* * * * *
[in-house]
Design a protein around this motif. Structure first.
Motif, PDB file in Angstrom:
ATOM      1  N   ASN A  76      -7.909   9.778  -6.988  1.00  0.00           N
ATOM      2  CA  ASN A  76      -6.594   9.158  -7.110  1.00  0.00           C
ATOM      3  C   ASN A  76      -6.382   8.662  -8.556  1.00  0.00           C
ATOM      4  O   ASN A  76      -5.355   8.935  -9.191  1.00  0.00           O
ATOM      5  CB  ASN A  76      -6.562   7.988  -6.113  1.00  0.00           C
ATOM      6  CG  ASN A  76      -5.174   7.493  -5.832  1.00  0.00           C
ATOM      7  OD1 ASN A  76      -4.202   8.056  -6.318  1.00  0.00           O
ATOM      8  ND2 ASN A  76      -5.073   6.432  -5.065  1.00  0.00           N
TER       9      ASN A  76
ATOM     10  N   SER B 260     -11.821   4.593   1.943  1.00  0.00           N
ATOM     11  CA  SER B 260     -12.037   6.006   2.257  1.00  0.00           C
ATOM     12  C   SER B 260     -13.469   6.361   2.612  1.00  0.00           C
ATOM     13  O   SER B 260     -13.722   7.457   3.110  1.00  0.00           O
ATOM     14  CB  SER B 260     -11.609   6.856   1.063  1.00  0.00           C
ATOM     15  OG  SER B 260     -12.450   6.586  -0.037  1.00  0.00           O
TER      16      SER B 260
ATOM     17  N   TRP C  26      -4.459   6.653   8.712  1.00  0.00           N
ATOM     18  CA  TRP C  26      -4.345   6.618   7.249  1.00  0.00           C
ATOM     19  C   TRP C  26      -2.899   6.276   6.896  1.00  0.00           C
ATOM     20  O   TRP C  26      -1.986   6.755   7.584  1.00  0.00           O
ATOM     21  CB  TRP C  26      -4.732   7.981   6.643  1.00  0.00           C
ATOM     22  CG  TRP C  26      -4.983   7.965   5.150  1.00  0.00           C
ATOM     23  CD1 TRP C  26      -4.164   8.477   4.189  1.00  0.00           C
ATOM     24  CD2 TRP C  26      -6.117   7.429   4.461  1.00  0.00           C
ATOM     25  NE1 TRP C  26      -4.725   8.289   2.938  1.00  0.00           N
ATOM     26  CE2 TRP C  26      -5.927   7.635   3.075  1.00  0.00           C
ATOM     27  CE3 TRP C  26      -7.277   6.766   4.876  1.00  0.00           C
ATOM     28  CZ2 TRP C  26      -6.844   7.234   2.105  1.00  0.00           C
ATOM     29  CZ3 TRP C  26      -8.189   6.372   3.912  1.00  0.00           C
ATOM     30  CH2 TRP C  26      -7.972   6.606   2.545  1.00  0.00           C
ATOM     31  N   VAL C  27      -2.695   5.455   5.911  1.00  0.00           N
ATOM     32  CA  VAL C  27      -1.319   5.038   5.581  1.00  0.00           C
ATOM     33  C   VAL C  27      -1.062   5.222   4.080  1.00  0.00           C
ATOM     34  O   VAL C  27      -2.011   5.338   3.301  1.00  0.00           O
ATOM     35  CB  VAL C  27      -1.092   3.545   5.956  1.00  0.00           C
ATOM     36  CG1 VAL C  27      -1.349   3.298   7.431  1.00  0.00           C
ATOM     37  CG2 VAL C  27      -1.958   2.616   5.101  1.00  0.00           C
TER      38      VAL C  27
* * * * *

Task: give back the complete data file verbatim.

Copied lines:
[in-house]
Design a protein around this motif. Structure first.
Motif, PDB file in Angstrom:
ATOM      1  N   ASN A  76      -7.909   9.778  -6.988  1.00  0.00           N
ATOM      2  CA  ASN A  76      -6.594   9.158  -7.110  1.00  0.00           C
ATOM      3  C   ASN A  76      -6.382   8.662  -8.556  1.00  0.00           C
ATOM      4  O   ASN A  76      -5.355   8.935  -9.191  1.00  0.00           O
ATOM      5  CB  ASN A  76      -6.562   7.988  -6.113  1.00  0.00           C
ATOM      6  CG  ASN A  76      -5.174   7.493  -5.832  1.00  0.00           C
ATOM      7  OD1 ASN A  76      -4.202   8.056  -6.318  1.00  0.00           O
ATOM      8  ND2 ASN A  76      -5.073   6.432  -5.065  1.00  0.00           N
TER       9      ASN A  76
ATOM     10  N   SER B 260     -11.821   4.593   1.943  1.00  0.00           N
ATOM     11  CA  SER B 260     -12.037   6.006   2.257  1.00  0.00           C
ATOM     12  C   SER B 260     -13.469   6.361   2.612  1.00  0.00           C
ATOM     13  O   SER B 260     -13.722   7.457   3.110  1.00  0.00           O
ATOM     14  CB  SER B 260     -11.609   6.856   1.063  1.00  0.00           C
ATOM     15  OG  SER B 260     -12.450   6.586  -0.037  1.00  0.00           O
TER      16      SER B 260
ATOM     17  N   TRP C  26      -4.459   6.653   8.712  1.00  0.00           N
ATOM     18  CA  TRP C  26      -4.345   6.618   7.249  1.00  0.00           C
ATOM     19  C   TRP C  26      -2.899   6.276   6.896  1.00  0.00           C
ATOM     20  O   TRP C  26      -1.986   6.755   7.584  1.00  0.00           O
ATOM     21  CB  TRP C  26      -4.732   7.981   6.643  1.00  0.00           C
ATOM     22  CG  TRP C  26      -4.983   7.965   5.150  1.00  0.00           C
ATOM     23  CD1 TRP C  26      -4.164   8.477   4.189  1.00  0.00           C
ATOM     24  CD2 TRP C  26      -6.117   7.429   4.461  1.00  0.00           C
ATOM     25  NE1 TRP C  26      -4.725   8.289   2.938  1.00  0.00           N
ATOM     26  CE2 TRP C  26      -5.927   7.635   3.075  1.00  0.00           C
ATOM     27  CE3 TRP C  26      -7.277   6.766   4.876  1.00  0.00           C
ATOM     28  CZ2 TRP C  26      -6.844   7.234   2.105  1.00  0.00           C
ATOM     29  CZ3 TRP C  26      -8.189   6.372   3.912  1.00  0.00           C
ATOM     30  CH2 TRP C  26      -7.972   6.606   2.545  1.00  0.00           C
ATOM     31  N   VAL C  27      -2.695   5.455   5.911  1.00  0.00           N
ATOM     32  CA  VAL C  27      -1.319   5.038   5.581  1.00  0.00           C
ATOM     33  C   VAL C  27      -1.062   5.222   4.080  1.00  0.00           C
ATOM     34  O   VAL C  27      -2.011   5.338   3.301  1.00  0.00           O
ATOM     35  CB  VAL C  27      -1.092   3.545   5.956  1.00  0.00           C
ATOM     36  CG1 VAL C  27      -1.349   3.298   7.431  1.00  0.00           C
ATOM     37  CG2 VAL C  27      -1.958   2.616   5.101  1.00  0.00           C
TER      38      VAL C  27